The United Methodist father and daughter—he a seminary professor and she one-half of the Grammy-winning folk rock Indigo Girls—performed and shared experiences in a featured appearance at the denomination’s quadrennial Women’s Assembly this month in Anaheim, California.
The Episcopal Church sidestepped a potential crisis early this month when a married father of two was elected bishop of San Francisco over three openly gay contenders. The winner, however, was no less supportive of gay rights in the church.
Several of the United States’ allies remain among the world’s most egregious violators of human rights, according to a recent report from a nonpartisan federal panel, the U.S. Commission on International Religious Freedom.
With two world leaders beside him at the American Jewish Committee’s 100th anniversary gala in Washington, President Bush criticized Hamas for being in “the camp of terror” and vowed not to work with the Palestinian party until it recognizes Israel.
After years of conflict centering mainly on the issue of homosexuality, a large, southern California–based regional body of the American Baptist Churches U.S.A. has voted to continue the process of separating itself from the denomination.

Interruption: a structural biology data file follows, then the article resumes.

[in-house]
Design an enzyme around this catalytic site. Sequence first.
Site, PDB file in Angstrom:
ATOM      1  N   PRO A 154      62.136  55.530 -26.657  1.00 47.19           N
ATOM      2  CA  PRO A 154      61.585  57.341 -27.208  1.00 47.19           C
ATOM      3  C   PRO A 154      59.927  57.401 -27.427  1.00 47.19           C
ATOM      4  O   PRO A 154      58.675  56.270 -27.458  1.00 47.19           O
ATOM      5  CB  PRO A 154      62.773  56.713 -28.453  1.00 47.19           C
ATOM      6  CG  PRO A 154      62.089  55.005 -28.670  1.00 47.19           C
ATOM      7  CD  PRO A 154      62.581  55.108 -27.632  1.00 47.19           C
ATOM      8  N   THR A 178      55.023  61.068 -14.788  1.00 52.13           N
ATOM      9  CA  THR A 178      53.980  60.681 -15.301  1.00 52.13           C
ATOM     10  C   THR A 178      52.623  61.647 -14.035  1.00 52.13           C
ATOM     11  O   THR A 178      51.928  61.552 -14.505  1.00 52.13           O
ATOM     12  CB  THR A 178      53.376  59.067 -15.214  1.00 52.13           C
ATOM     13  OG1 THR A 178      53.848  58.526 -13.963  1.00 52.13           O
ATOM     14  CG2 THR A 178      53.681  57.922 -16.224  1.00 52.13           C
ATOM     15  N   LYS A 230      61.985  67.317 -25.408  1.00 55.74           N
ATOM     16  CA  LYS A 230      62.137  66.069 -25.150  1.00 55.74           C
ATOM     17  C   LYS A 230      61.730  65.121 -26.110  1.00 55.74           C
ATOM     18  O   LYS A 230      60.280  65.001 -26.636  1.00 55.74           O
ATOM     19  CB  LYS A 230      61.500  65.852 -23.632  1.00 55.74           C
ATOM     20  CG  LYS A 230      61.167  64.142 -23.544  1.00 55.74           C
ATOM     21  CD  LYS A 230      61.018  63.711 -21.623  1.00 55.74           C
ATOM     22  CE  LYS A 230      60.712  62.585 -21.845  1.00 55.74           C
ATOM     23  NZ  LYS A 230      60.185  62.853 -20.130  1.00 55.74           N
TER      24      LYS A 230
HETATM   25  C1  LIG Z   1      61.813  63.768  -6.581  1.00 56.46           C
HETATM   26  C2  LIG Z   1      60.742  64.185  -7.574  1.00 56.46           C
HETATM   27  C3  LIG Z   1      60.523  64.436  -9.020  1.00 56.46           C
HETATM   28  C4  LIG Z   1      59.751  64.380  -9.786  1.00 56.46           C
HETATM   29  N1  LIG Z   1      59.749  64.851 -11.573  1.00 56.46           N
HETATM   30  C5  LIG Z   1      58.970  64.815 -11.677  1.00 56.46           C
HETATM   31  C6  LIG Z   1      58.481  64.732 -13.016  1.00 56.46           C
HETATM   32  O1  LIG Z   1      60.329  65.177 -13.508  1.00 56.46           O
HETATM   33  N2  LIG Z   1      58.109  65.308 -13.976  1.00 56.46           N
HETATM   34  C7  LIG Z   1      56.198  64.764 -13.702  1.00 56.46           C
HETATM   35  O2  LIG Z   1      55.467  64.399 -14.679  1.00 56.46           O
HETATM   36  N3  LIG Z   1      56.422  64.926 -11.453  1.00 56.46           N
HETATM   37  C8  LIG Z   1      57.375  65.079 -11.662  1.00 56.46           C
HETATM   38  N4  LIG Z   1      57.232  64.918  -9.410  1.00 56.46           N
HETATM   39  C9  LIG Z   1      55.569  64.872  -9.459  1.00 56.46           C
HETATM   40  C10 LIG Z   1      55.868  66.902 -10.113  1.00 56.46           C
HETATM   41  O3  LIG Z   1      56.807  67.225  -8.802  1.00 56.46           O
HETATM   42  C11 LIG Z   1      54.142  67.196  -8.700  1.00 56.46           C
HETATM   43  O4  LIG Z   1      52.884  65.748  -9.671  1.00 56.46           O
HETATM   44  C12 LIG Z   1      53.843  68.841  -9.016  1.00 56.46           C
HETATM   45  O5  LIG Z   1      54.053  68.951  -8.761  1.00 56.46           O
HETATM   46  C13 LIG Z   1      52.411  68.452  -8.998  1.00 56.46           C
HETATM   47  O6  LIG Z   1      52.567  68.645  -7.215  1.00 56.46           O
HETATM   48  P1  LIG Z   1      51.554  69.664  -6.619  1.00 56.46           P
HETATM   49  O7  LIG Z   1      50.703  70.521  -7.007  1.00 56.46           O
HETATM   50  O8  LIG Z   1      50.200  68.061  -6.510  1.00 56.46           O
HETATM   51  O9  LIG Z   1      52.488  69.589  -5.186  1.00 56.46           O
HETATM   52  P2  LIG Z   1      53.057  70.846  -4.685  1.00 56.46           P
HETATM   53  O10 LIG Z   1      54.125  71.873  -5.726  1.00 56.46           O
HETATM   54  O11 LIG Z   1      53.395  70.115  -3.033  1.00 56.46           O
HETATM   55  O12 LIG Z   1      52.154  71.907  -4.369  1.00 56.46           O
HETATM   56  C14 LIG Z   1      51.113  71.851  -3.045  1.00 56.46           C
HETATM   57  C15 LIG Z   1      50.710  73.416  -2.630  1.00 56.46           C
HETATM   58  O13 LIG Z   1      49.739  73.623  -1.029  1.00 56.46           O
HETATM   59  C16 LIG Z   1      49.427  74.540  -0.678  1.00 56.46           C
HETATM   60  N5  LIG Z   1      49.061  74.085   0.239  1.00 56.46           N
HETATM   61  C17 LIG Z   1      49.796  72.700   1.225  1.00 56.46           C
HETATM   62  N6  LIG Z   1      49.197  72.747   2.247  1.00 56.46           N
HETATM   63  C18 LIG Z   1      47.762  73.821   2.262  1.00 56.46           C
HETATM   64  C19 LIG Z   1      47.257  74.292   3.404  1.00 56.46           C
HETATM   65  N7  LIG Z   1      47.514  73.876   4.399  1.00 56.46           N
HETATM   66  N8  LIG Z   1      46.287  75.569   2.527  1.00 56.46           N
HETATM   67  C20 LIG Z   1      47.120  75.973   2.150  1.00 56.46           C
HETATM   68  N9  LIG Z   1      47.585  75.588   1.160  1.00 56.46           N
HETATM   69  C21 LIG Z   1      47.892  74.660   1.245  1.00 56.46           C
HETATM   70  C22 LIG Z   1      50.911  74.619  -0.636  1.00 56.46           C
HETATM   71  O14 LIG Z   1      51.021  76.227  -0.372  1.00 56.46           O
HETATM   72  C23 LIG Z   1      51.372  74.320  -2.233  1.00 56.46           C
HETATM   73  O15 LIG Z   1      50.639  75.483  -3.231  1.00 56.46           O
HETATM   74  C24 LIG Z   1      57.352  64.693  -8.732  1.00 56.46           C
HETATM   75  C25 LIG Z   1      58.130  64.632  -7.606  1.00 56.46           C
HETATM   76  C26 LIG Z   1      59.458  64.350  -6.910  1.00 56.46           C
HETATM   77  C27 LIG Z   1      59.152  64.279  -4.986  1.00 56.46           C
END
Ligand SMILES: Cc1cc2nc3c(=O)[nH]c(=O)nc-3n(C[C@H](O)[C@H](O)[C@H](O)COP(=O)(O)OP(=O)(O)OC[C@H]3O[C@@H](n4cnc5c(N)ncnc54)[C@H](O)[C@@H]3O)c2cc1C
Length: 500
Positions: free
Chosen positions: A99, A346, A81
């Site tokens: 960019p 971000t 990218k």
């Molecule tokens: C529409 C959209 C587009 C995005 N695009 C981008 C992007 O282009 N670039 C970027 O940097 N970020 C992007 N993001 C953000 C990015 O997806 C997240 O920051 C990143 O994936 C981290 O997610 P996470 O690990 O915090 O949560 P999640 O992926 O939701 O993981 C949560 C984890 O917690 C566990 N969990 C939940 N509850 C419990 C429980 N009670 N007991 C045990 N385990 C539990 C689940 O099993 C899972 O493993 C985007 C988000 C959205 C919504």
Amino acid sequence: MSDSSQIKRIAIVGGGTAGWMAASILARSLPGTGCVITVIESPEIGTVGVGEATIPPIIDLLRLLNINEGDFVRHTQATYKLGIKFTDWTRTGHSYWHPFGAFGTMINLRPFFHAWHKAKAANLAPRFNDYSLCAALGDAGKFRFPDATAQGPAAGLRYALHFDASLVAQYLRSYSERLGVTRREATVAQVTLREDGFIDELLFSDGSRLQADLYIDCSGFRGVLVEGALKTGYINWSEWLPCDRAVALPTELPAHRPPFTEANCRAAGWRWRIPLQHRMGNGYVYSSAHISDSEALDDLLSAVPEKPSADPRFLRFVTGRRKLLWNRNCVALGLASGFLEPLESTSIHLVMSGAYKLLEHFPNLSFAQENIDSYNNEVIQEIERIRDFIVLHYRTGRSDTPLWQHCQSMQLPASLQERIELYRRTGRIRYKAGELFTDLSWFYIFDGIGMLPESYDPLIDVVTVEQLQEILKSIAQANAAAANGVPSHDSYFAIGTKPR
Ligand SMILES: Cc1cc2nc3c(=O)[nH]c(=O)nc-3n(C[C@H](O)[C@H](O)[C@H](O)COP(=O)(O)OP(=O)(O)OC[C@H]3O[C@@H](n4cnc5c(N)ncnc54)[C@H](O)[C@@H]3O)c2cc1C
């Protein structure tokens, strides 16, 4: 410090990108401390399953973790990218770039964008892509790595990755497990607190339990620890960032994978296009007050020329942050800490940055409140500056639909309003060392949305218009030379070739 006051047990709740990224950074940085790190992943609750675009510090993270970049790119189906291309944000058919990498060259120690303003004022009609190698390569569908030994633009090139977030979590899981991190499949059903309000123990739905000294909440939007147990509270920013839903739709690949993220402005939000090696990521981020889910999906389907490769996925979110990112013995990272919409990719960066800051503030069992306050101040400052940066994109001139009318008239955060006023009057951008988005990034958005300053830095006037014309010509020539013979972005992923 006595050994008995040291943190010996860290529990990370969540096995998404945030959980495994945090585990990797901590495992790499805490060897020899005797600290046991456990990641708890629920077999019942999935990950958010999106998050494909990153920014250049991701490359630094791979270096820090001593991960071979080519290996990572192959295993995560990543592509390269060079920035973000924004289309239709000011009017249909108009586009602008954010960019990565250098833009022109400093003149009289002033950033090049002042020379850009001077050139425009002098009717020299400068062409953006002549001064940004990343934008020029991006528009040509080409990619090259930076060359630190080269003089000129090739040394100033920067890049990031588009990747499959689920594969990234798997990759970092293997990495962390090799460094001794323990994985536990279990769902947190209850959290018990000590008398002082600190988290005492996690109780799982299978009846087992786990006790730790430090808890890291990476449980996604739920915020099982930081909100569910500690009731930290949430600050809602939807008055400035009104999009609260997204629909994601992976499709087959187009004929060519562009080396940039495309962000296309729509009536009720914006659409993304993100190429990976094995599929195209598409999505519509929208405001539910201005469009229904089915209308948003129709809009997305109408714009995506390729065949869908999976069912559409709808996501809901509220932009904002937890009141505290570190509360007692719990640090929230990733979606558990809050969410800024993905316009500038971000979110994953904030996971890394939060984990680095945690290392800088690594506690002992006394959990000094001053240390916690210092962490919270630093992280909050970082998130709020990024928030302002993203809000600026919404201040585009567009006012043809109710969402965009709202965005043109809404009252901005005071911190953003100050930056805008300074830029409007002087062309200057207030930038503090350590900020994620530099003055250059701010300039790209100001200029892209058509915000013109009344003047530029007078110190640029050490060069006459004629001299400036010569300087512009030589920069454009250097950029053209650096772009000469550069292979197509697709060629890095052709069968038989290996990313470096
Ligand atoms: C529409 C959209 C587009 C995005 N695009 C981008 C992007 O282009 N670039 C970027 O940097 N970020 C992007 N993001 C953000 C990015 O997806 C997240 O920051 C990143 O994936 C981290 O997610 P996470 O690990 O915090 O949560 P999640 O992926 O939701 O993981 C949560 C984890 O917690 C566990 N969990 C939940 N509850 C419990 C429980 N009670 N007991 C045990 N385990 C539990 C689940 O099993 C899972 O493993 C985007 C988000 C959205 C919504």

Following the signing in Nigeria of a peace agreement between Sudan’s government and Darfur’s biggest rebel group, Africa’s largest grouping of churches urged that UN peacekeepers step in for duties now carried out by African Union (AU) troops.
JaroslavPelikan, widely viewed as the preeminent scholar of Christian history, died May 13 of lung cancer at his home in Hamden, Connecticut. He was 82. The Yale emeritus professor and theologian, former president of the American Academy of Arts and Sciences, wrote more than 30 books, including the acclaimed five-volume series, The Christian Tradition.
When it comes to questions of whether to ordain gay and lesbian rabbis and perform same-sex commitment ceremonies, Reform and Orthodox Jews know where their movements stand. Simply put, Reform Jews do both, Orthodox Jews do neither.
A seminary is conducting an online self-defense course for United Church of Christ members besieged by conservative reactions to their denomination’s liberal social positions on gay rights and other issues.
“I have become profoundly disenchanted with our General Assembly process . . . the unsatisfactory way we were dealing with difficult and complex theological issues . . . and the toxic by-products of perpetually creating winners and losers, friends who are with us and enemies who oppose us.”